Spelunking Into The Hobby Archives

By | Jun 16, 2008

Years ago I took photography as a class in Junior High.  I new I had a lot of photos of old hobby stuff, so this weekend I was bored and decided to go digging.  I was amazed at what I found.
As record keeping goes, I feel lucky that photography was one of my hobbies at an early age. I took a class in school and was hooked, so I took many photographs of all sorts of things. Many of these photos are in black and white, because that’s what we used in class. Color film was difficult to process and expensive, so it was used much less frequently.

First up is another unearthed photo of my original Rough Rider.  It’s pretty much brand new in this photo, with only some dirt on the tires to show any signs of wear and tear (September, 1981).

Fast forward a few months and the Rough Rider is showing signs of hard mileage.  The roof pillars are gone, replaced by coat hanger wire.  The lights on the roof snapped off the mounting tabs and now are being held in place by a piece of Erector Set.  Repairs like this were a necessity on my limited budget as a kid.  After dropping $300 on the Rough Rider kit, battery, and radio, I didn’t have any cash left for replacement parts!

Two more shots of my Rough Rider in action.  On the left it’s kickin’ up some snow in the winter (December, 1981) and on the right it’s kickin’ up some gravel in my uncle’s driveway in the spring (May, 1982).  The photo on the right shows the Rough Rider with evidence of more abuse.  Check out the duct tape holding the roof on.

Now this is vintage! Back in 1977, I got this single channel, left turn only, R/C Mercedes car from K-Mart in Warminster, PA. I think it was around $10. I must have put a hundred miles on this thing. It was a blast! This photo was taken on top of an old mechanical digital clock housing on the desk in my bedroom. Under the glass of the desk is a map of my town taken from a local phone book (May, 1978).

So for two years I’m R/C’ing with a left-turn-only R/C cars when I finally save up enough money to buy a Ferrari 512 (center) with left AND right steering.  I get it home and run it for the first time, guess what?  It only turns left!!!  Argh!!!  The thing was broken right out of the box.  Had to take it back, but by this time, I was disillusioned and waited for something better (October 1978).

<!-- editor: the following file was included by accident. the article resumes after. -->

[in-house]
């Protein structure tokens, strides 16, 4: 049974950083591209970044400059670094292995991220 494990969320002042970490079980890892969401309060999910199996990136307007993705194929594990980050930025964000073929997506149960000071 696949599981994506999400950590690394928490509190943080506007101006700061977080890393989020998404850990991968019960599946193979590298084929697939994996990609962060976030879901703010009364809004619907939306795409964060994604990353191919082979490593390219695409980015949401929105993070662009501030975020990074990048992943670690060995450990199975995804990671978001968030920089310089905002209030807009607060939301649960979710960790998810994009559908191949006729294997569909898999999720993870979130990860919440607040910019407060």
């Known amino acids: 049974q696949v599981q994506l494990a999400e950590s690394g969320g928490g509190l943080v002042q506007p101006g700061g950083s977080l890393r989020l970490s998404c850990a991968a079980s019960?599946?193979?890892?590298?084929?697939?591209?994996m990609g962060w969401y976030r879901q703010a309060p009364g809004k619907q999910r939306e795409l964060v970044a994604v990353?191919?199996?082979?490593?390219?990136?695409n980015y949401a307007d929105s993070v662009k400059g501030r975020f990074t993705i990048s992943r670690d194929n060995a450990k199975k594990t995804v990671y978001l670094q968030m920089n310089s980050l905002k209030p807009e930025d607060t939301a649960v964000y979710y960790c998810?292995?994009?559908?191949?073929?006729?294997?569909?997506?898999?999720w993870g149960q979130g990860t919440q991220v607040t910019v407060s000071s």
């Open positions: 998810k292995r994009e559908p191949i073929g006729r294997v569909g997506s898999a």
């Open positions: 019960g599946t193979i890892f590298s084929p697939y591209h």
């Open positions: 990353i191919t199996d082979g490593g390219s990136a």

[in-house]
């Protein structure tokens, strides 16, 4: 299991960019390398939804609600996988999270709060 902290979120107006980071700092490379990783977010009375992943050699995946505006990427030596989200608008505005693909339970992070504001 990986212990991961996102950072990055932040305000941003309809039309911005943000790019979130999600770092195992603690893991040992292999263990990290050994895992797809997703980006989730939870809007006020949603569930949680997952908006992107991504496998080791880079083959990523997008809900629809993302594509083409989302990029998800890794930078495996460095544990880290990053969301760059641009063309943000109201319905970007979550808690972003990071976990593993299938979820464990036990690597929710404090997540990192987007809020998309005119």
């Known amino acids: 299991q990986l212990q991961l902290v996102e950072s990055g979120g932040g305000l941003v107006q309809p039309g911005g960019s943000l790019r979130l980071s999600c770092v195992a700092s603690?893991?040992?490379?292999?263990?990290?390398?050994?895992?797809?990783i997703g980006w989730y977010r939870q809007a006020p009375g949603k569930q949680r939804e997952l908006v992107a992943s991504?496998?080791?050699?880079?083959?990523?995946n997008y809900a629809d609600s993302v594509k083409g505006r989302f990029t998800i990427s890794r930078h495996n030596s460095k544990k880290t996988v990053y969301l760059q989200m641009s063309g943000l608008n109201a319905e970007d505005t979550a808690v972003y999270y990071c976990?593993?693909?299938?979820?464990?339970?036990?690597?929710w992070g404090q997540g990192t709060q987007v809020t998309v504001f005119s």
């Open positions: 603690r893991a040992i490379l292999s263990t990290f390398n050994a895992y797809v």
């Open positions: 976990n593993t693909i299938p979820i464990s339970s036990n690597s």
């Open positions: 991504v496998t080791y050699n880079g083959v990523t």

My first foray into proportional radio control. This Ford Econoline Van (it was the 70’s after all) sported forward, reverse, and proportional left and right steering. Wow! It ate batteries though (bunch of D’s and AA’s) and was only good on flat, hard surfaces. Can’t remember the brand name (November, 1978).

My friend Jason and I trying in vain to get his Cox Interceptor .049 glow engine powered R/C car to run. These engines were tricky for inexperienced punks like us. This was just after Christmas, 1978 and shot with a self timer on my camera. Note my R/C van to the left.  Another 70’s memento in this photo is Jason’s black plastic LED watch lying next to the car’s transmitter on the right (December, 1978).

Frustration is starting to mount in this picture.  When all else fails, pour a quart of fuel all over the engine, something’s bound to ignite and get that finicky motor running! (December, 1978)

R/C wasn’t my only toy hobby.  Here is a Guillows Javelin rubber powered airplane under construction in my basement (February, 1979).

I dabbled in some plastic models now and again.  This is a diorama I built around a Monogram P-61 Black Widow.  The scene depicts airplane maintenance taking place on an island somewhere in the South Pacific during WWII (February, 1981).

Closer shot.  Could have spent a little more time hiding the seams between the two wheel halves! (March, 1981).